Two things adventure devs need to do.

Reinvent. Starting with the puzzles, which is essentially the key gameplay element. This would mean complete non-linearity. multiple solutions to puzzles, and no more of the single solution trial-and-error BS. A complete move to 3D will also be needed in the long run.

Survival. they need to consider moving into online distribution for the time being. In other words, selling only to a small hardcore audience and cutting out publishing costs and what not. Revolution and the guys behind the Tex series want to try this, and it might just work. They might find that this is the future of adventures, and forget about Reinventing.

But still, a total renaissance of the genre will take a long time. And like I said, there is a high chance it will be seen as redundant, as FPS's are already well on their way down the road to reaching the perfect action-adventure hybrid, which the adventure genre would JUST be starting to travel.

21.
 
Re: Adventure games won't make a comeback
Dec 6, 2004, 02:31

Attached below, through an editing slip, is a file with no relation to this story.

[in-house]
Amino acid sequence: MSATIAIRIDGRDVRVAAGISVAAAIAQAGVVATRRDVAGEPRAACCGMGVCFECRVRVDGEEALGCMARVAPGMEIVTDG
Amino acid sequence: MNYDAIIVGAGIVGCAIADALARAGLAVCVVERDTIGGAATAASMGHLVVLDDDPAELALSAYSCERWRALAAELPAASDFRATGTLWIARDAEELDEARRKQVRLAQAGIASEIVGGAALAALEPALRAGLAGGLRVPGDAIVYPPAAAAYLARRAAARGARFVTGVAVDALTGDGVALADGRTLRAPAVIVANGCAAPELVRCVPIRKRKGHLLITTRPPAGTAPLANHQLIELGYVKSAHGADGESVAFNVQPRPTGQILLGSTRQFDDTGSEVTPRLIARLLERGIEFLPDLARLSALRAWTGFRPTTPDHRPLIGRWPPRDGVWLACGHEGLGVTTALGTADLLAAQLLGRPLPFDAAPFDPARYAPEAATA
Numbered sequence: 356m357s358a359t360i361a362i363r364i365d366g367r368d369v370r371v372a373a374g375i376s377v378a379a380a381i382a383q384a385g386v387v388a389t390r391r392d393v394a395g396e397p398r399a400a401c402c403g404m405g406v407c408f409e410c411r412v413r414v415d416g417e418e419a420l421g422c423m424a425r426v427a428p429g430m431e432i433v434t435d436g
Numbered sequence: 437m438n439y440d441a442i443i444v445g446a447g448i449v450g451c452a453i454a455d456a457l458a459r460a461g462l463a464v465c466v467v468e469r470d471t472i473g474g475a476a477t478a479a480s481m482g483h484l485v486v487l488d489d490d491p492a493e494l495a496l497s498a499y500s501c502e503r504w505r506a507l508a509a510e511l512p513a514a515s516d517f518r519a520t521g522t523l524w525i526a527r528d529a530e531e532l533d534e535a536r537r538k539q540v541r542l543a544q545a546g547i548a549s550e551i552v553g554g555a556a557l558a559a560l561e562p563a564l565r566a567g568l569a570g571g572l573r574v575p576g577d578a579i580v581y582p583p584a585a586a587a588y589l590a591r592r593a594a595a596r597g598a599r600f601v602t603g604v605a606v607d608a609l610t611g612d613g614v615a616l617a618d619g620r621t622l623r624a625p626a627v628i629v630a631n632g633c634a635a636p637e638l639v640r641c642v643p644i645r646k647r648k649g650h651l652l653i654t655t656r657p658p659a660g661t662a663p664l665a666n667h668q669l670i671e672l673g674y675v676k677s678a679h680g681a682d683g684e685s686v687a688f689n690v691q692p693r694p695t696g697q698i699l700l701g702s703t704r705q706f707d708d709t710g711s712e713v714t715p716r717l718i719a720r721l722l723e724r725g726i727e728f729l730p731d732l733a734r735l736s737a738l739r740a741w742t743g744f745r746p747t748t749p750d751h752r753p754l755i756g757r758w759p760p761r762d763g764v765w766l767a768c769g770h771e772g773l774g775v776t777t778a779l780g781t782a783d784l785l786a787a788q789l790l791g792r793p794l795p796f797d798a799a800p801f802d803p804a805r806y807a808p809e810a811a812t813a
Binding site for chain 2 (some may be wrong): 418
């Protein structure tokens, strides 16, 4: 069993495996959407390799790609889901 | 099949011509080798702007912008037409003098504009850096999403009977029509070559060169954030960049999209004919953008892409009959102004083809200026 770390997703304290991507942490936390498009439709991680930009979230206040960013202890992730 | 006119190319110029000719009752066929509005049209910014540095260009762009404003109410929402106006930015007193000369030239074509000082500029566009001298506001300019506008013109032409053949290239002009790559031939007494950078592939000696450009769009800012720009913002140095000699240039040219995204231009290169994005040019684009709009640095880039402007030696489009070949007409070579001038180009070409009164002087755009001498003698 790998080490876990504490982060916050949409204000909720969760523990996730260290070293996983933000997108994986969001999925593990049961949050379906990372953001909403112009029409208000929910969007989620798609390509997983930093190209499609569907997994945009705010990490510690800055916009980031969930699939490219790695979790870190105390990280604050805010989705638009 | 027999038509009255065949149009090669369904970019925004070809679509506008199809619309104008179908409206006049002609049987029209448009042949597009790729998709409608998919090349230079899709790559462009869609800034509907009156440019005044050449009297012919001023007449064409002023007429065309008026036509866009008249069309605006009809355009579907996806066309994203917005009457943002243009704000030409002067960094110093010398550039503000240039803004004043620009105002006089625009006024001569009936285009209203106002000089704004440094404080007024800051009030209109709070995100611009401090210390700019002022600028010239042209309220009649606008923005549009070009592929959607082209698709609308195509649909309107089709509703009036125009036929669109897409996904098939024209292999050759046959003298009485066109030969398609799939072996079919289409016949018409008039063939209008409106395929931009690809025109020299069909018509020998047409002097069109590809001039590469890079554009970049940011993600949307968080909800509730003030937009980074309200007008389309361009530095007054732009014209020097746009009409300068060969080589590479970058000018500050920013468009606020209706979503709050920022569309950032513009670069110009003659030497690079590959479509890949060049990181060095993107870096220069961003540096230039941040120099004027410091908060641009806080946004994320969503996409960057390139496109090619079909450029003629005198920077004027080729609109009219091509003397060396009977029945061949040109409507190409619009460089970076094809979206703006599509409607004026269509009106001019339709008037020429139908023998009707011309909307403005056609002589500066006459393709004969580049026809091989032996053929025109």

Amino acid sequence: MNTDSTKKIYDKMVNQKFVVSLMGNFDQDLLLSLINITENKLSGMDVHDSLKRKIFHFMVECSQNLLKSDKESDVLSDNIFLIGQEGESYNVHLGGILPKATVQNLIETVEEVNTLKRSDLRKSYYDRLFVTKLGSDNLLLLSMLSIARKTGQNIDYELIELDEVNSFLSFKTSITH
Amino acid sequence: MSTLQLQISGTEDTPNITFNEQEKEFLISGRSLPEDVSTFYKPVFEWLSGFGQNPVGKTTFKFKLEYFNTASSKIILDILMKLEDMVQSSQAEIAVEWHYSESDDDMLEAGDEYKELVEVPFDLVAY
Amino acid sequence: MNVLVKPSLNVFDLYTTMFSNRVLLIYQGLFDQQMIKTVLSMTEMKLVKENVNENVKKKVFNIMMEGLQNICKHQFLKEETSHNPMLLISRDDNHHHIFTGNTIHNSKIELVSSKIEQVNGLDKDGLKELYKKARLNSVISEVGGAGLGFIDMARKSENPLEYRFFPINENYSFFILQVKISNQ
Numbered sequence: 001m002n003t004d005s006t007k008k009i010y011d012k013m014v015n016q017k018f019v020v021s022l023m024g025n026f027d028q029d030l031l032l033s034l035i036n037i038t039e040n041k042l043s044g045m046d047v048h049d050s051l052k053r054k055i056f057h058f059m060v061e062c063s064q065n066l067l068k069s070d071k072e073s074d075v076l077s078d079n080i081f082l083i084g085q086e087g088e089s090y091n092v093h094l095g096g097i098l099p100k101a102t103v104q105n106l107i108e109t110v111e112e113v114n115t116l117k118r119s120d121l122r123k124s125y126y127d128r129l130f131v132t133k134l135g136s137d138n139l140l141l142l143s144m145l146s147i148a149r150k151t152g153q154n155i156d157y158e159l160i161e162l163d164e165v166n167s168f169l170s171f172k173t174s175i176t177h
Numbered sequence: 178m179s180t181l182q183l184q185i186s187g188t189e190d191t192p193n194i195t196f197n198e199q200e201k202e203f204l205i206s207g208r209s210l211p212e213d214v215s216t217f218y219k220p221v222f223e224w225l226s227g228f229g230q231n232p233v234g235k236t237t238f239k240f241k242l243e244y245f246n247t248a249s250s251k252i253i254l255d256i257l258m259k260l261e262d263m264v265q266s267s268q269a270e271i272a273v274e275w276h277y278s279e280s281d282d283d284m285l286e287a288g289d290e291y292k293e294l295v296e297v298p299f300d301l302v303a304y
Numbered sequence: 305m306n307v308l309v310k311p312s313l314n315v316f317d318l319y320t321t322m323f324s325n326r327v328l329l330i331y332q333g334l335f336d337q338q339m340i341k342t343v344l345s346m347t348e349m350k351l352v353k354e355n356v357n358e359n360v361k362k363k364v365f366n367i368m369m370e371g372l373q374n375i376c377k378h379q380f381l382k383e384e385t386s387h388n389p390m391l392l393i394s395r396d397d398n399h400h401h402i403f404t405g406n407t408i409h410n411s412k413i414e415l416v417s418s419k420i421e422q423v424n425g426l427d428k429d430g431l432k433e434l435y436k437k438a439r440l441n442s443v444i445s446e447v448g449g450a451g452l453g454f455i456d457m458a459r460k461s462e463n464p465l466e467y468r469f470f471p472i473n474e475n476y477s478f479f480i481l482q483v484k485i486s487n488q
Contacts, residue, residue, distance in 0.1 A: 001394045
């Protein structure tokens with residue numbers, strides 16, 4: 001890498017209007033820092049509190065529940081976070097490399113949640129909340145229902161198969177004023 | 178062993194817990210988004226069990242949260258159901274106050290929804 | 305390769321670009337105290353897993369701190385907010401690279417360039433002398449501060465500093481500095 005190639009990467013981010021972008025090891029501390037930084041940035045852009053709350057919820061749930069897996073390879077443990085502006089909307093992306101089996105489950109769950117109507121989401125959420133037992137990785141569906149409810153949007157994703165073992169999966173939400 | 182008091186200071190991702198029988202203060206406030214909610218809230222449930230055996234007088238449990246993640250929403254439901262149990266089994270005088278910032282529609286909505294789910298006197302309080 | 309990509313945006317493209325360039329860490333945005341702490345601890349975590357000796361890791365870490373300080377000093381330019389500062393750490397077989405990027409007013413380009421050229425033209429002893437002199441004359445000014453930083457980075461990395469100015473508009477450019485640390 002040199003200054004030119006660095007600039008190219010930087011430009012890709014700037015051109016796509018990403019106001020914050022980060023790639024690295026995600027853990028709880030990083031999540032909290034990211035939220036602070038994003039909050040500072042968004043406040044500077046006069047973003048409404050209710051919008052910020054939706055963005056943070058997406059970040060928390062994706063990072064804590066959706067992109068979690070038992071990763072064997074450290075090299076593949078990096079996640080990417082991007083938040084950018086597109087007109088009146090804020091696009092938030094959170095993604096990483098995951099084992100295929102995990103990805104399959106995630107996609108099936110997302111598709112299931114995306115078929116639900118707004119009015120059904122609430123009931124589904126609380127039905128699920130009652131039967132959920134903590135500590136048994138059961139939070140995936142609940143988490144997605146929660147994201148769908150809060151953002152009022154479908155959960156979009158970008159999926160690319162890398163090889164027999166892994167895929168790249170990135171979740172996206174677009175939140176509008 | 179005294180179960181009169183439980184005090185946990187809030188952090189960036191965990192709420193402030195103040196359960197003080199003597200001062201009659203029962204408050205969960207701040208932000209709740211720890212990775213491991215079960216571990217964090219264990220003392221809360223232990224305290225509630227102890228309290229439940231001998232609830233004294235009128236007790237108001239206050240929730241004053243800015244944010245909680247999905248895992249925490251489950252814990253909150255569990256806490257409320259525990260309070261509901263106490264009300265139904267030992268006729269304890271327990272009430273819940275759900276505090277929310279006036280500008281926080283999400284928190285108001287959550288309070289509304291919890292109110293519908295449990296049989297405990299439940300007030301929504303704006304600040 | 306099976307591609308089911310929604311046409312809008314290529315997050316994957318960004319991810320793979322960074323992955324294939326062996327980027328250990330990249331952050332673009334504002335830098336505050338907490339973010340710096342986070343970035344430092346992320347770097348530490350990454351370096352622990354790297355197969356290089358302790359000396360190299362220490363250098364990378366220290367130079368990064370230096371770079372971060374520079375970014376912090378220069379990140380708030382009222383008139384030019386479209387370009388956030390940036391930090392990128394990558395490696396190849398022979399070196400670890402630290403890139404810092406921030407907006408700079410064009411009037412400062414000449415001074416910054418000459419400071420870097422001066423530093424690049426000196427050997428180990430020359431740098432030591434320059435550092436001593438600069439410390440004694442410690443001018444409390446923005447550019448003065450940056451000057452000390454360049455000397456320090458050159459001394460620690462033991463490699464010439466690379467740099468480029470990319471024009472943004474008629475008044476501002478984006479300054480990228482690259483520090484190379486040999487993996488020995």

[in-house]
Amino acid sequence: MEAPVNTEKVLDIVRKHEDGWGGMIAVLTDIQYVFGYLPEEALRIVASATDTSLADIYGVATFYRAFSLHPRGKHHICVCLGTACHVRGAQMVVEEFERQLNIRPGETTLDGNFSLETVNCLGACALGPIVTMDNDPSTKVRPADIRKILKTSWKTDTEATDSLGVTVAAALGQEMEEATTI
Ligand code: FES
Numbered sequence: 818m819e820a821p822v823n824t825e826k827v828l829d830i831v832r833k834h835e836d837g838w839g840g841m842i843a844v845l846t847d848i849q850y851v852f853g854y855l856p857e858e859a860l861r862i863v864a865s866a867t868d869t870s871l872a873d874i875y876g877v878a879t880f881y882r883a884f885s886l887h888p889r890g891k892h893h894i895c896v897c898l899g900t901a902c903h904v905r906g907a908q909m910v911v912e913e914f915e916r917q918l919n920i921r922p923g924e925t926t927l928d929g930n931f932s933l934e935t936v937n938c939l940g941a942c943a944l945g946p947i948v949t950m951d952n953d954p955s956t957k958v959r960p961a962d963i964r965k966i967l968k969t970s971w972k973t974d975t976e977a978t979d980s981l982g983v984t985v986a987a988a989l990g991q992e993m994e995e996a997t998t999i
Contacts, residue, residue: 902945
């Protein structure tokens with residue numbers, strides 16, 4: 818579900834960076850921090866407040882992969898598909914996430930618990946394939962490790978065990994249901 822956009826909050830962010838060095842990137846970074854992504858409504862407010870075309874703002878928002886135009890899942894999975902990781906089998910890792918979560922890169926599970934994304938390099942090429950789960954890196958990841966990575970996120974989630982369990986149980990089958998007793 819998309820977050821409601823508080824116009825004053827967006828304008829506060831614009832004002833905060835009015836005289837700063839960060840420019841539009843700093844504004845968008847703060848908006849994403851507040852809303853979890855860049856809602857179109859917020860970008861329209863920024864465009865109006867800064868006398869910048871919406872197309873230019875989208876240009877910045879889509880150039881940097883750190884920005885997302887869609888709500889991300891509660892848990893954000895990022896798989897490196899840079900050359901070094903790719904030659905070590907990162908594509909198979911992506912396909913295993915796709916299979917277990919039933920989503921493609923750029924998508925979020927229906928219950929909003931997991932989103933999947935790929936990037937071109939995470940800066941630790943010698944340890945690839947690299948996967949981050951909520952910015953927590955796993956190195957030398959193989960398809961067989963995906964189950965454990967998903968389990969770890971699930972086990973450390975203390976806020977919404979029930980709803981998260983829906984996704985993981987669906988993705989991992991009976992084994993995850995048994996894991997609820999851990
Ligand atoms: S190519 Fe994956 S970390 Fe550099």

21.
Re: Adventure games won't make a comeback Dec 6, 2004, 02:31
Dec 6, 2004, 02:31
 
So, adventure games are too linear but HL2 is not? That's a twisted logic you have there.

Think of linearity in overall terms. Yes, HL2 has linear game progression. You go from one level to the next. But in approaching each situation, you have choices. You can barge into a room with guns blazing or you can pick off targets from afar. You can lure enemies into traps, use the physics engine to your advantage, etc. Adventure games offer no such freedom. You walk around, clicking on everything to ensure that you don't miss any items or interactive objects. You then use these objects to solve puzzles (which are often a trial-and-error affair). The only impetus for completing an adventure game is the storyline, as the actual gameplay is mundane.